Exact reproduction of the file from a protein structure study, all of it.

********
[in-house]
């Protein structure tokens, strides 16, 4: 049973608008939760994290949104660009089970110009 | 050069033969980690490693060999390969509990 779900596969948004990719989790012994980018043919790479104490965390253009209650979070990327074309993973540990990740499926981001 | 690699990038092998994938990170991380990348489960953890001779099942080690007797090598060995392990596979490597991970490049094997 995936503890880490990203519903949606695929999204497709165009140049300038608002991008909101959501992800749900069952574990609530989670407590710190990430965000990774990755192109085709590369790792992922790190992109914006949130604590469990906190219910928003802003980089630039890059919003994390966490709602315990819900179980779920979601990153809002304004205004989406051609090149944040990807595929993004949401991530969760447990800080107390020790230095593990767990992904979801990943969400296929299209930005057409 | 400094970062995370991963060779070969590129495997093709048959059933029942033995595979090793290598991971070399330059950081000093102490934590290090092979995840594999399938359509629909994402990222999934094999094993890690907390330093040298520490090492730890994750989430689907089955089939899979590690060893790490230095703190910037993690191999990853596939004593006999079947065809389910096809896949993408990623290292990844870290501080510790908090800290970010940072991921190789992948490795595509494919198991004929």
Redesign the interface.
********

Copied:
[in-house]
């Protein structure tokens, strides 16, 4: 049973608008939760994290949104660009089970110009 | 050069033969980690490693060999390969509990 779900596969948004990719989790012994980018043919790479104490965390253009209650979070990327074309993973540990990740499926981001 | 690699990038092998994938990170991380990348489960953890001779099942080690007797090598060995392990596979490597991970490049094997 995936503890880490990203519903949606695929999204497709165009140049300038608002991008909101959501992800749900069952574990609530989670407590710190990430965000990774990755192109085709590369790792992922790190992109914006949130604590469990906190219910928003802003980089630039890059919003994390966490709602315990819900179980779920979601990153809002304004205004989406051609090149944040990807595929993004949401991530969760447990800080107390020790230095593990767990992904979801990943969400296929299209930005057409 | 400094970062995370991963060779070969590129495997093709048959059933029942033995595979090793290598991971070399330059950081000093102490934590290090092979995840594999399938359509629909994402990222999934094999094993890690907390330093040298520490090492730890994750989430689907089955089939899979590690060893790490230095703190910037993690191999990853596939004593006999079947065809389910096809896949993408990623290292990844870290501080510790908090800290970010940072991921190789992948490795595509494919198991004929």
Redesign the interface.